Christianity Is True ✝️
The Incredible Evidence for Reincarnation Thoughtfully Examined with Seth Hart | Capturing Christianity with Cameron Bertuzzi 📽 →
I wasn’t aware that proponents of reincarnation give evidence for its truth, so I found this short clip of an interview with Seth Hart interesting. Hart is a Christian who has studied the evidence for reincarnation and was preparing for a debate (I say was because you can find the debate linked below) arguing for the Biblical worldview.
The Bible teaches us that all men will die once, then face judgment (Hebrews 9:27). Therefore, reincarnation cannot be a part of the Biblical worldview.
I enjoyed the clip, and the debate is still in my “to watch” queue.
Listen and Learn 🎧
This is the first of one of the most fascinating podcast series from the Bible Project team that I have heard. As the first of the Tree of Life series, Tim and Jon discuss the importance of trees in scripture and how the scriptures use tree imagery to describe humans.
Flourishing humans bear fruit, are connected to the vine, and so on, while humans rebelling against their creator are fruitless, cut off, and burned as weeds. They go so much deeper than that, but it’s worth thinking about our lives in connection with this important Biblical metaphor.
– The Bible uses design patterns to help us see the parallels between humans and trees.– Trees are often used to illustrate a moment of decision and testing for humans. They are also used to illustrate a moment of communion with God.– Trees historically have been used as illustrations of eternal life because they possess the power within themselves to self perpetuate.
Explore the Scriptures 📖
The now and the not-yet kingdom of God can be really hard to comprehend. The kingdom is both here and the fullness of it is still to come. In the same way, Hubbard argues that we both have been and will be justified, have been and will be adopted, and more.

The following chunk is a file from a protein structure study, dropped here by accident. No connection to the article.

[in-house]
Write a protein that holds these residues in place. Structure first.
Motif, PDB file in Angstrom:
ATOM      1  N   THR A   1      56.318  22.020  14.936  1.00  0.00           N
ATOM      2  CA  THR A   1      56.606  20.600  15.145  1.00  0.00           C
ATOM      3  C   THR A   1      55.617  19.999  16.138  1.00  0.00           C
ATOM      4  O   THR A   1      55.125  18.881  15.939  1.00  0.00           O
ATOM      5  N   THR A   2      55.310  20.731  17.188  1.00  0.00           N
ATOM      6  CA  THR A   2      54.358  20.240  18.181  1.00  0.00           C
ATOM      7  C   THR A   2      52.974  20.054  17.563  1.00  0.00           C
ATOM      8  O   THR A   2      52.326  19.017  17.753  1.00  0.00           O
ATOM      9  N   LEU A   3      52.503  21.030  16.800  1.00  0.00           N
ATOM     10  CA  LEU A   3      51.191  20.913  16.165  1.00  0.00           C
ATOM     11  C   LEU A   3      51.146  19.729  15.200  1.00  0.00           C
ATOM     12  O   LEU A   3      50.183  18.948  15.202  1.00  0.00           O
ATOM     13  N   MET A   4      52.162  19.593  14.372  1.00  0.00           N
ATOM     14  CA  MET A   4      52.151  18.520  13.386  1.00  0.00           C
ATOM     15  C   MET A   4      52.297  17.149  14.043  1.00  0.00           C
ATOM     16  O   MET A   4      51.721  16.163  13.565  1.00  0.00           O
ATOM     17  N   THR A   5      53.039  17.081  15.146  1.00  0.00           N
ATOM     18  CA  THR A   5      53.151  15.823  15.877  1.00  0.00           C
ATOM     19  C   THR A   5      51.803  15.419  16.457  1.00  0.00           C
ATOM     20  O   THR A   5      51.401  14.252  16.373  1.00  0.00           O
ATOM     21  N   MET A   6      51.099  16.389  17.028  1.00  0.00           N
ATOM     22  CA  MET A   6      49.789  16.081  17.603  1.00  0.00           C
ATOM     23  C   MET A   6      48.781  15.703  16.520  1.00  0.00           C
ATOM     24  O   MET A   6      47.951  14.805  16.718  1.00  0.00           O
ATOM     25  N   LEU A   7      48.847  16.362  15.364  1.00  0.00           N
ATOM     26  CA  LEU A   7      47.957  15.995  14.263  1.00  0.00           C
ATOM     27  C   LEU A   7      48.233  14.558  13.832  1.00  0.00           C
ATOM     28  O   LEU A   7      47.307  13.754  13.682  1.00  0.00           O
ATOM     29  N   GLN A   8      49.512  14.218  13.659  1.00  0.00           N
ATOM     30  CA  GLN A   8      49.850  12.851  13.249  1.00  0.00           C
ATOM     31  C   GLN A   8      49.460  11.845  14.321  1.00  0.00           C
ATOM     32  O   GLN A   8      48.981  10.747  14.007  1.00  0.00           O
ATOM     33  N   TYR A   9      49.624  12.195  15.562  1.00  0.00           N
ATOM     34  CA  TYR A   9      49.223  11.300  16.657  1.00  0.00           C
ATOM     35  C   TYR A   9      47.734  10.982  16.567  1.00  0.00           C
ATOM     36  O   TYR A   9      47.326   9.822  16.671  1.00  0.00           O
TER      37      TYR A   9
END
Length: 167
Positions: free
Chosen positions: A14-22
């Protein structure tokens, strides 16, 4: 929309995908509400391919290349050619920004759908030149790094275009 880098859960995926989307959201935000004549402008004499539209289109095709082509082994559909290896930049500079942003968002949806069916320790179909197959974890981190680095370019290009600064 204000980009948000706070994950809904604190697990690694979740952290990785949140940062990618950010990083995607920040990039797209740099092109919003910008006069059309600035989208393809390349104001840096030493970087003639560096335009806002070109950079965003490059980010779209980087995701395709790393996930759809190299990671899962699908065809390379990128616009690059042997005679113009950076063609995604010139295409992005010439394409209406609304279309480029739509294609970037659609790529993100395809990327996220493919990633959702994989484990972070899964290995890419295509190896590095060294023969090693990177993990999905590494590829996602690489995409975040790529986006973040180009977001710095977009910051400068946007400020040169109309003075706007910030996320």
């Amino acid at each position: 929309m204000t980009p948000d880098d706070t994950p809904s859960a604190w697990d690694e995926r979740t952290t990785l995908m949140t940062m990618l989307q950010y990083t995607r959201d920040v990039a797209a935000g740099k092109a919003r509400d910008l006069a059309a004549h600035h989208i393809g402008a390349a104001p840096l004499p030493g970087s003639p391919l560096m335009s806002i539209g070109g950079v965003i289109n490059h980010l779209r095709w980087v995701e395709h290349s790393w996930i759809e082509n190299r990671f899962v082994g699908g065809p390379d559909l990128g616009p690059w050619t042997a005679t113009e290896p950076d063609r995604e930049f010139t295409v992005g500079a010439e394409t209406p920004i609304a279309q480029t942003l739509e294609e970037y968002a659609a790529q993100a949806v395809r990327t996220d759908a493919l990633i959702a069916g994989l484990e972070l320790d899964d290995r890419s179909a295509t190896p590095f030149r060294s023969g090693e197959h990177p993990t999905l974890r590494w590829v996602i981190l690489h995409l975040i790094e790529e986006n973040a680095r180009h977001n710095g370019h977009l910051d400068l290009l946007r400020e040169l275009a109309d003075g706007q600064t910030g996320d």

To say we both have been and will be justified may sound like double-talk. How can justification happen in both the past and future tense? But the New Testament authors, and Paul especially, talk this way all the time.
– We have been adopted (Romans 8:14–16) — and we will be (Romans 8:23).– We have been resurrected (Ephesians 2:4–6) — and we will be (1 Corinthians 15:22).– We have been redeemed (Colossians 1:13–14) — and we will be (Ephesians 4:30).– We have been sanctified (1 Corinthians 1:2) — and we will be (1 Thessalonians 5:23).– We can even say we have been glorified (Romans 8:30; 2 Corinthians 3:18) — and we will be (Colossians 3:4).
Best with a Cup of Tea ☕️
What Does the Science of Climate Change Say? With Hugh Ross and Antonia Godber | Unbelievable? With Justin Brierley 📽 →
This is a bit off the beaten path for this letter, but I found this debate/discussion fascinating enough that I think it’s worth including. Both Christian physicist Dr. Hugh Ross and climate change campaigner Antonia Godber agree that climate change is an important topic to address, but the solutions are rather different. I learned something through this interaction.
Keep Your Mind on Things Above
I will be praying for you this week.
“Look at the birds of the air: they neither sow nor reap nor gather into barns, and yet your heavenly Father feeds them. Are you not of more value than they?
— Matthew 6:26 (CSB)